Go to content


Karate Styles
Wadō-ryū (和道流) is one of the four major karate styles and was founded by Hironori Otsuka (1892-1982). The style itself is individual in its emphasis on not just striking, but tai sabaki, joint locks and throws.

  • 1Characteristics
    • 1.1Philosophy
    • 1.2Ranks
    • 1.3Kata
  • 2History
  • 3Wadō-ryū outside Japan
  • 4References
  • 5Further reading
  • 6External links
The name Wadō-ryū has three parts: Wa, , and ryū. Wa means "harmony," (same character as tao) means "way," and ryū means "school" or "style". Harmony should not be interpreted as pacifism; it is simply the acknowledgment that yielding is sometimes more effective than brute strength.[1]
From one point of view, Wadō-ryū might be considered a style of jūjutsu rather than karate. Hironori Ōtsuka embraced jujitsu and was its chief instructor for a time. When Ōtsuka first registered his school with the Dai Nippon Butoku Kai in 1938, the style was called "Shinshu Wadō-ryū Karate-Jūjutsu," a name that reflects its hybrid character. Ōtsuka was a licensed Shindō Yōshin-ryū practitioner and a student of Yōshin-ryū when he first met the Okinawan karate master Gichin Funakoshi. After having learned from Funakoshi, and after their split, with Okinawan masters such as Kenwa Mabuni and Motobu Chōki, Ōtsuka merged Shindō Yōshin-ryū with Okinawan karate. The result of Ōtsuka's efforts is Wadō-ryū Karate.[1]
To the untrained observer, Wadō-ryū might look similar to other styles of karate, such as Shito ryu or Shorin ryu. Most of the underlying principles, however, were derived from Shindō Yōshin-ryū, an atemi waza focused style of Jujutsu. A block in Wadō may look much like a block in Goju/Uechi ryu, but they are executed from different perspectives.
A key principle in Wadō-ryū is that of tai sabaki (often incorrectly referred to as 'evasion'). The Japanese term can be translated as "body-management," and refers to body manipulation so as to move the defender as well as the attacker out of harm's way. The way to achieve this is to 'move along' rather than to 'move against'—or harmony rather than physical strength. Modern karate competition tends to transform Wadō-ryū away from its roots towards a new generic karate that appeals more to the demands of both spectators and competitors.[1]
As with other styles of karate Wadō-ryū techniques move from the heels of the feet, but differ in that many (particularly the gyaku zuki reverse punch, like a boxer's cross) progress to incorporate pushing off the ball of the foot as well. This affects the delivery of a number of techniques, particularly adding reach to punches with the back hand, given the extra hip movement afforded utilising the balls of the feet in this fashion.[citation needed]
While the core principles (at least with regard to transmission of body weight into punches) of turning on the heel remain in Wado, as it is the fastest way to push the hips in the direction of attack, the progression to the ball of the foot is a hallmark of the style. It is important to remember that this in no way makes it superior or inferior as a system in comparison to other styles, it is simply another way of thinking that has both merit and drawbacks.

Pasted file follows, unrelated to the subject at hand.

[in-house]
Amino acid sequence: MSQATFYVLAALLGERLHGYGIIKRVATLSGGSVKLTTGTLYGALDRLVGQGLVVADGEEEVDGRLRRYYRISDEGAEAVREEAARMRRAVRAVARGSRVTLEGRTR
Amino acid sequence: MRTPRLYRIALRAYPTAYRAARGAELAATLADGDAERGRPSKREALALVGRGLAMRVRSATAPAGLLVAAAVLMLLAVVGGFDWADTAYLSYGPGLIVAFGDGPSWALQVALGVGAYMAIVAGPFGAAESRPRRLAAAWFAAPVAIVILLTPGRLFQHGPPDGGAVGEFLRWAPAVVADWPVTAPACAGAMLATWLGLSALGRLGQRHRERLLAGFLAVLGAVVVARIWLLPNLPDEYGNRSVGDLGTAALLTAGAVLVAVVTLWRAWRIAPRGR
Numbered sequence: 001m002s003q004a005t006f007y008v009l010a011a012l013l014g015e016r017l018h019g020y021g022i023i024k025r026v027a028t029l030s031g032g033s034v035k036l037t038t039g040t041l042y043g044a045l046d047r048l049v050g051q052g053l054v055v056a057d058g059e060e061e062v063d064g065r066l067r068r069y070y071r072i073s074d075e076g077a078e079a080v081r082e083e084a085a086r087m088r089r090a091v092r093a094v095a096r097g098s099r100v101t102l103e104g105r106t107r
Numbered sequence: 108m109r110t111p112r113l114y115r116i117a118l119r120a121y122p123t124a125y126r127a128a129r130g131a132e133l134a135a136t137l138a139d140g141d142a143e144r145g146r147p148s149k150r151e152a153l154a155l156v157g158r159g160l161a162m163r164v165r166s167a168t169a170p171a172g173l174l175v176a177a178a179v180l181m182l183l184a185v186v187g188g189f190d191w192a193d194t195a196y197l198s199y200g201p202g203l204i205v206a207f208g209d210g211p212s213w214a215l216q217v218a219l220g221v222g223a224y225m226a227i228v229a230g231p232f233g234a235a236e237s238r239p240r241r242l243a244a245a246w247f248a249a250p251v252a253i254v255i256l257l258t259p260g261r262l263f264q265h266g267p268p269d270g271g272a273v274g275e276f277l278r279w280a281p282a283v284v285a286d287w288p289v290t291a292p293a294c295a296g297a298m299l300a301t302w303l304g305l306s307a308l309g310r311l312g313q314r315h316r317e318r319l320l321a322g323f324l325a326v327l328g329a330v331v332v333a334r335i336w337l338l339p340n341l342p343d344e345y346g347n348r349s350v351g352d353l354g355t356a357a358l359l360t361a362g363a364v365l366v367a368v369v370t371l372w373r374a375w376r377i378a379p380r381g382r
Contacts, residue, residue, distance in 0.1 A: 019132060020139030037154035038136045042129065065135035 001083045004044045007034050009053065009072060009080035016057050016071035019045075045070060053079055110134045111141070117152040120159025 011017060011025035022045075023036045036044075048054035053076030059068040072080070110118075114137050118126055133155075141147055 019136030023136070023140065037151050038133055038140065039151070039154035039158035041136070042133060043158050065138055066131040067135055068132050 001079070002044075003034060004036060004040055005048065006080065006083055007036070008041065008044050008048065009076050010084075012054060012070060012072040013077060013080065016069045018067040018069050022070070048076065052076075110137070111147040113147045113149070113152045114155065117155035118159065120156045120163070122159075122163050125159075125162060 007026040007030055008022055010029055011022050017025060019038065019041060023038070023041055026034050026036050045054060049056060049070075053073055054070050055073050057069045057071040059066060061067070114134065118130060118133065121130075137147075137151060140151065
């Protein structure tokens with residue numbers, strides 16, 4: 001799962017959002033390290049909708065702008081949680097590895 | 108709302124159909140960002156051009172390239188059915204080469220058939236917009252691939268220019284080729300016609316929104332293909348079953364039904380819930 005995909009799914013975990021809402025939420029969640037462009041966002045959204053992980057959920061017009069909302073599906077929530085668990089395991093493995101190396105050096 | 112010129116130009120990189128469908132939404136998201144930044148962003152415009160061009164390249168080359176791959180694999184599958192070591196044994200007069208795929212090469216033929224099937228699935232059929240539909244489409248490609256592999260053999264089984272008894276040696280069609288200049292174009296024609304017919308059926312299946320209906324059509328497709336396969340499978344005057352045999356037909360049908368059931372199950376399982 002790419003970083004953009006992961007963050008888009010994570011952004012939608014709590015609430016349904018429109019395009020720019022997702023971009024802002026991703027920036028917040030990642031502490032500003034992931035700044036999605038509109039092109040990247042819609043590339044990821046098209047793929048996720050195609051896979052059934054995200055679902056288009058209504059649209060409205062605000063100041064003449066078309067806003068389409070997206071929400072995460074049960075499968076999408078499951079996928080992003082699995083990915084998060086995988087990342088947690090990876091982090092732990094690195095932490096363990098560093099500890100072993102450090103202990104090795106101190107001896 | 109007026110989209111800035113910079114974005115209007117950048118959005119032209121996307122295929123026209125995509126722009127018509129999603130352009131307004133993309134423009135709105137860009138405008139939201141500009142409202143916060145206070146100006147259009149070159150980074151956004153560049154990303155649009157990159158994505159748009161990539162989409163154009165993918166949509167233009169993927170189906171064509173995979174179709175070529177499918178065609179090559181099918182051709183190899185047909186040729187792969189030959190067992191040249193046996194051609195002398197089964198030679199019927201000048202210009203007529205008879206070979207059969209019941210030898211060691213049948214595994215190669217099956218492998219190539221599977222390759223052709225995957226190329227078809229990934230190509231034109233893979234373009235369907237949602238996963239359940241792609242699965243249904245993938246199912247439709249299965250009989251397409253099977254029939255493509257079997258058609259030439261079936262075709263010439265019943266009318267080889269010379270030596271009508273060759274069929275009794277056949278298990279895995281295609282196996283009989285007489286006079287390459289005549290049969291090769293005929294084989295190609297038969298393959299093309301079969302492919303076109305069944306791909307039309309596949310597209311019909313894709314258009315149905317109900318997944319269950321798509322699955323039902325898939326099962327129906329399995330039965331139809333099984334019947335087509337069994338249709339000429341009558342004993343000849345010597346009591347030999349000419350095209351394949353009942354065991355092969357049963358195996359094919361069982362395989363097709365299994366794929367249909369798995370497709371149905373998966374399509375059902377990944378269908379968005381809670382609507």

It works well with the jūjutsu applications that Wadō retains and improves the tai sabaki that is a core of Wadō training and application in comparison to the "low stances and long attacks, linear chained techniques" that typify the way Shōtōkan developed after the split.[citation needed]
Wadō-ryū uses a typical karate belt order to denote rank. The beginner commences at 9th or 10th kyū (depending on the organization and school) and progresses to 1st kyū, then from 1st–5th dan for technical grades. The ranks of 6th–10th dan are honorary ranks. Although some other karate styles add stripes to their belt for the dan ranks, Wado-ryū practitioners tend not to follow that practice.
The rank at which Wado practitioners are first able to teach is usually 3rd dan, but this depends on the organization. Some Wado ryu organizations require completion of a special course in addition to attaining a certain dan rank.
Schools that use the same belt color for multiple kyu ranks typically, although not necessarily, use stripes to indicate progress within that belt color.
Another alternative belt sequence uses 20 kyu ranks progressing from White, Blue, Green, Purple, Brown. Each of the four colored belt has five stripes. For example the 20th through 16th Kyu are Blue with one stripe through five stripes up through the 1st Kyu being Brown with five stripes.
Kata are predefined, specific patterns of movement that incorporate and encapsulate martial techniques, concepts, and applications.[2] The exact movements of a kata often vary from one organization to another, and even from one school to another within the same organization. The variations can range from gross deviations apparent to the untrained observer to very subtle minutiae. In his 1977 book on Wadō-ryū (published in English in 1997), Ōtsuka declared only nine official kata for Wadō-ryū: Pinan Nidan, Pinan Shodan, Pinan Sandan, Pinan Yodan, Pinan Godan, Kūshankū, Naihanchi, Seishan and Chintō.[3] Within his text, Ōtsuka provides detailed notes on the performance of these kata, which has resulted in less deviation across organizations on their performance. However, Ōtsuka did teach other kata. Perhaps because Ōtsuka did not provide specific notes for the performance of these other kata in his text, there is greater variation in these other kata across organizations and schools. Kata associated with Wadō-ryū include: